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FBI Director Wray Sounds Alarm on the Presence of Russian Spies in the United States

FBI Director Christopher Wray issued a stark warning on Thursday, underscoring the persistent and substantial presence of Russian spies within the United States despite ongoing efforts to expel them.

Addressing the audience at the Spy Museum in Washington, Wray emphasized, “The enduring threat posed by traditional Russian counterintelligence remains a significant concern.” He elaborated, “The presence of Russian intelligence operatives, including intelligence officers, remains unacceptably high on American soil, and we continue to grapple with, thwart, and disrupt their activities tirelessly.”

The resurgence of attention on the threat posed by Russian spies in the United States is a notable development. As U.S. officials increasingly view Russia, led by President Vladimir Putin, as an adversarial nation, conventional concerns about counterintelligence have resurfaced, reminiscent of the Cold War era when human spies operated on U.S. territory rather than relying solely on cyber espionage activities conducted from within Russia.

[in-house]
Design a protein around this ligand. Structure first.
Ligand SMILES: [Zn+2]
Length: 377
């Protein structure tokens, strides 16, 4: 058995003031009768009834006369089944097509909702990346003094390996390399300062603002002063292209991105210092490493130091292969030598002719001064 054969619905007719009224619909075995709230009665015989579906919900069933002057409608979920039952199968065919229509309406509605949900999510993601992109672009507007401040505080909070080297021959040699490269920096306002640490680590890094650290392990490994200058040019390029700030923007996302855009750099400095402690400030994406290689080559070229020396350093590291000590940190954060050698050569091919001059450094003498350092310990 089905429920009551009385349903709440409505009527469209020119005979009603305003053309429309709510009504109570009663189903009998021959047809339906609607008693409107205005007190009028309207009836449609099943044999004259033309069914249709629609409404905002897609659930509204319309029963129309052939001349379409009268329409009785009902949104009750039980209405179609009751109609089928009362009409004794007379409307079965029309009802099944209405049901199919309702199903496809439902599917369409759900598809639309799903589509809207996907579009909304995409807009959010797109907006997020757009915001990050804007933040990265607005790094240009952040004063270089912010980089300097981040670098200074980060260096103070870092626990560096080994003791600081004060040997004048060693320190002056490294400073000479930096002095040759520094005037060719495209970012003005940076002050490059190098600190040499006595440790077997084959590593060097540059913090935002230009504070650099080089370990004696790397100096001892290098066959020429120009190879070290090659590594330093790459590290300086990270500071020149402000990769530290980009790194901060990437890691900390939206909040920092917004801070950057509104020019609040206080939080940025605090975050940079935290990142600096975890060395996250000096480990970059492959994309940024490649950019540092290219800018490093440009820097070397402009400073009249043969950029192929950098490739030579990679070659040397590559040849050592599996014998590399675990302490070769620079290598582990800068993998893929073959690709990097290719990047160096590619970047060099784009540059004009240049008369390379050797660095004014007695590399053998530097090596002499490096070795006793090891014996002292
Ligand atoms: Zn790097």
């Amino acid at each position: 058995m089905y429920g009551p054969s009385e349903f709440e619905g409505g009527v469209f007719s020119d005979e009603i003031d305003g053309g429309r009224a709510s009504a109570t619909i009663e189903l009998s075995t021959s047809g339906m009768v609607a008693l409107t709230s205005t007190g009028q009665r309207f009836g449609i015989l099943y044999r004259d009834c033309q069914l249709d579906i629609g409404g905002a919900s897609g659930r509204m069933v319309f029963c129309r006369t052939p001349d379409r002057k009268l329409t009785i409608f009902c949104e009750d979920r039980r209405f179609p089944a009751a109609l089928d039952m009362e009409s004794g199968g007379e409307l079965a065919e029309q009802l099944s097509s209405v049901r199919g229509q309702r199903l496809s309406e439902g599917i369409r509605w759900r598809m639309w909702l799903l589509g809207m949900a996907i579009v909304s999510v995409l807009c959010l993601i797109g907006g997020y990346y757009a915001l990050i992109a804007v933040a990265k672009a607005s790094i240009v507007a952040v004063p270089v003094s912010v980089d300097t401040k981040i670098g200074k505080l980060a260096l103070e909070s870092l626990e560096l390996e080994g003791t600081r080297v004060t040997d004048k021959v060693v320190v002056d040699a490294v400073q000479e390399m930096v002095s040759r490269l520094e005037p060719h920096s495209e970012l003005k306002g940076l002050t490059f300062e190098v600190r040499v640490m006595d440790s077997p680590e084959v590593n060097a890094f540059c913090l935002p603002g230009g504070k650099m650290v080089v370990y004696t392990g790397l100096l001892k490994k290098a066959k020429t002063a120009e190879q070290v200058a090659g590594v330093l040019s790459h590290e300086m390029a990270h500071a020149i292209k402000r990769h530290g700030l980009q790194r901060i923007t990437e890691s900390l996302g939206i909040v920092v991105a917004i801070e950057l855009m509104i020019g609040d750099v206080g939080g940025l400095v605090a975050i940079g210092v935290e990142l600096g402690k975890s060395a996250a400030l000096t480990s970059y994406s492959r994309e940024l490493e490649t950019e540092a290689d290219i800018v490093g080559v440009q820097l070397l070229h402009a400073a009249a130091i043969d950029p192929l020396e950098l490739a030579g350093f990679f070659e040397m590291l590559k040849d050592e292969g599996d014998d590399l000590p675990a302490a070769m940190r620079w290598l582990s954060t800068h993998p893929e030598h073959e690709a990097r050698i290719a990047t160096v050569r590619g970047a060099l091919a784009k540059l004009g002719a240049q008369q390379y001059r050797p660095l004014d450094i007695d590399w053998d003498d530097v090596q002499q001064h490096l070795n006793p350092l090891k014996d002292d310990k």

In response to Russia’s alleged use of a nerve agent in the poisoning of a former Russian spy in the United Kingdom, the U.S. took decisive action in 2018 by expelling 60 Russian diplomats identified as intelligence agents and shuttering the Russian consulate in Seattle.

Wray also shed light on the diversity of Russian espionage tactics, highlighting the use of intermediaries such as a Mexican national apprehended by U.S. authorities in 2020, who was accused of aiding Russian intelligence operations.

Moreover, Dutch intelligence unveiled a Russian military intelligence officer in the past year who had attended the prestigious Johns Hopkins School of Advanced International Studies. This institution is a favored choice for U.S. military personnel, aspiring diplomats, and future intelligence operatives.

While acknowledging some progress in reducing the presence of Russian intelligence officers in the United States over recent years, Wray stressed, “We have taken significant and positive steps to minimize the footprint of Russian intelligence officers in the United States, effectively expelling them from our territory.”